Seattle’s tallest public art combines old and new

The art piece “Transforest” towers above South Lake Union.

SEATTLE — EDITOR’S NOTE: This segment originally aired in May 2019, prior to the COVID-19 pandemic.

The Space Needle’s got company. The sleek, modern Denny Substation looks like a spaceship that just landed in South Lake Union. So any art that accompanies the project must rise to the occasion.

“It’s a remarkable piece,” said Randy Engstrom, director of Seattle’s Office of Arts and Culture.

“It’s taller than I thought it was going to be,” said Patricia Thenell, a resident who lives in Mirabella next door.

it’s 110 feet tall to be exact, the tallest public art in Seattle pays tribute to the forests of the past while pointing to the electric power of the future.

“This is the real scale of the largest Douglas fir trees that would have been here. This is only 1/4 of its full-size, which would have been 400 feet tall,” Daniel Mihalyo explained.

Mihalyo along with fellow artist Annie Han created the piece in their Seattle studio. The steel skeleton was trucked in from Northwest Steel Fab near Spokane. 

“Because it was so big we were like, ‘Oh!’ You’re a tiny kind of ant, you know? A scale like this,” said Han.

The artists collaborated for more than 20 years but this is by far their largest work.

“It’s been really thrilling to see it just be part of the city now,” said Mihalyo.

“Transforest” can be seen from I-5 and about 10 blocks away, straight down Virginia Street.

“Part of our job as artists is to be bold and take risks. I think we are in a really interesting moment for the city where we are experiencing growth and change at a rate we haven’t seen in 100 years,” Engstrom said.

The work brings together Engstrom’s Office of Arts and Culture, the City of Seattle, Seattle City Light, and Han and Mihalyo’s “Lead Pencil Studios.”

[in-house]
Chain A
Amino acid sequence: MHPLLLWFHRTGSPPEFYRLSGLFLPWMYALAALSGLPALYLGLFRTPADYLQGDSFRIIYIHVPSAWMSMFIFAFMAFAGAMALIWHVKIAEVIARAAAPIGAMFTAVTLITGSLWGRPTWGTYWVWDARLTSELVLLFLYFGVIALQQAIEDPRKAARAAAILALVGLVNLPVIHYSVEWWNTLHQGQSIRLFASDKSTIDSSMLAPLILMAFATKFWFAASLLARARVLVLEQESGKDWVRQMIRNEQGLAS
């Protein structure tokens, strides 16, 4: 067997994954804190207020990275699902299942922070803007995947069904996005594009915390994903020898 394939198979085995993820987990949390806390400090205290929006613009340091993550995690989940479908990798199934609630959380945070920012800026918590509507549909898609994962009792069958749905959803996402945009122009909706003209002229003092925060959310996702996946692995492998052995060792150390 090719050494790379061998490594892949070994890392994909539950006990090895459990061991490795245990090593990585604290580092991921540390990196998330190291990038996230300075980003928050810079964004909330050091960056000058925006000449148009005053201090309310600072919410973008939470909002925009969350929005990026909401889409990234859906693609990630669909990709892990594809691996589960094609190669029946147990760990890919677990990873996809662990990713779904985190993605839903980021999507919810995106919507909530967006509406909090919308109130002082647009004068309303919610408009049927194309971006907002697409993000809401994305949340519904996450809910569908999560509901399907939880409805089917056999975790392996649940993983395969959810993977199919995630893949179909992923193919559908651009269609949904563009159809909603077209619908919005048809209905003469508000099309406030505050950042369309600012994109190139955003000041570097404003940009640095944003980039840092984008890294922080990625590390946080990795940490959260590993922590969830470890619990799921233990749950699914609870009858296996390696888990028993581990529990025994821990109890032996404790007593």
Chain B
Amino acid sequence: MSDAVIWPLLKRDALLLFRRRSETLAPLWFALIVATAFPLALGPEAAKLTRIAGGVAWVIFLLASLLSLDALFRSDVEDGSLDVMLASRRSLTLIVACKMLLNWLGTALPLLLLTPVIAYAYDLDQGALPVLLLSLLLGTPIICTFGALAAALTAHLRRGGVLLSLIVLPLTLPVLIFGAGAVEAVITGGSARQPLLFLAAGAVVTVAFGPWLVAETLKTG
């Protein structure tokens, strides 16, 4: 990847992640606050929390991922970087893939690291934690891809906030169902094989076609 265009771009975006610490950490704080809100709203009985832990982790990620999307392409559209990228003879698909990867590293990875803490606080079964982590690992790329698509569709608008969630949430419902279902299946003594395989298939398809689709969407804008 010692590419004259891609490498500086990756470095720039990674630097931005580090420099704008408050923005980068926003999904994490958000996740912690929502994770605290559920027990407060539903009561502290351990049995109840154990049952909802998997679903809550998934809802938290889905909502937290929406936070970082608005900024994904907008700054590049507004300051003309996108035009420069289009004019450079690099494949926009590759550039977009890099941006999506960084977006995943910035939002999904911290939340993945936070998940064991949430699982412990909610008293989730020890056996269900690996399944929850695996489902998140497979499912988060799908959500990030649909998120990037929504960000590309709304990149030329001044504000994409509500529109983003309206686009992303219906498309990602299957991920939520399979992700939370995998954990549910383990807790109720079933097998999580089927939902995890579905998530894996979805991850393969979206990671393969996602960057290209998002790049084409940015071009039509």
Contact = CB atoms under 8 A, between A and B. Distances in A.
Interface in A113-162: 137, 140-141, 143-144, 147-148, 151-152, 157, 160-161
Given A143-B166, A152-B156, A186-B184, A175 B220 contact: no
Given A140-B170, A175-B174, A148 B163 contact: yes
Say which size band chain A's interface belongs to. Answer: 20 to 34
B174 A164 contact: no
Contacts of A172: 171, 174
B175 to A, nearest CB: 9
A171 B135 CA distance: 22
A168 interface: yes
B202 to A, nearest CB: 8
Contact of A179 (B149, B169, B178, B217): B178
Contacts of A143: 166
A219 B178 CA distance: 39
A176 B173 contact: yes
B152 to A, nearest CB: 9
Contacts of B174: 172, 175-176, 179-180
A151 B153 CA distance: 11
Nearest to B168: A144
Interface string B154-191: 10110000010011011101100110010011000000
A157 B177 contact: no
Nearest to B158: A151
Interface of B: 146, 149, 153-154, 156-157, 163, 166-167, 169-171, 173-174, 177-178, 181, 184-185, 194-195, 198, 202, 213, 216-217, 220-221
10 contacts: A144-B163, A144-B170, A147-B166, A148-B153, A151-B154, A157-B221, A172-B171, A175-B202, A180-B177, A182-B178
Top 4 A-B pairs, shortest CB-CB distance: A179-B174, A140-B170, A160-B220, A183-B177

“The conversation this piece is having about the tension between the natural world and the needs of a growing city is a really powerful statement about the kind of place we all get to live in,” Engstrom said.

And it IS creating a buzz, especially next door. Thenell had a front-row seat for the year-long construction from her eighth floor-balcony.

“Pretty soon, that’s gonna be their touch point about how to get up here. You know, just come to that! And I think those are good. And I think it will grow on people.”

Birds are already giving it a go.

“There’s a red-tailed hawk landed there last week. Residents there (at Mirabella) are very keen on what’s happening. So they’ll be watching. And they’ve already noticed that hawks are taking interest. It is a great perch to build a nest from,” said Mihalyo.  

Birds are welcome to make it home as it was inspired by the ancient trees that used to tower above the very spot. The faded paint from light at the base to dark above represents a mountain mist.

“I’m also really proud of the city that they support work of this scale and ambition. I think it’s risky on the part of the city to embrace work like this because it’s so noticeable. And I think you don’t find cities very often that will do that. It makes me proud to live in Seattle,” Mihalyo said.

You may have also seen Lead Pencil Studio’s work at the U.S.-Canada border. Their “Non-Sign II” is a classic use of anti-space.

EDITOR’S NOTE: This segment originally aired in May 2019, prior to the COVID-19 pandemic.

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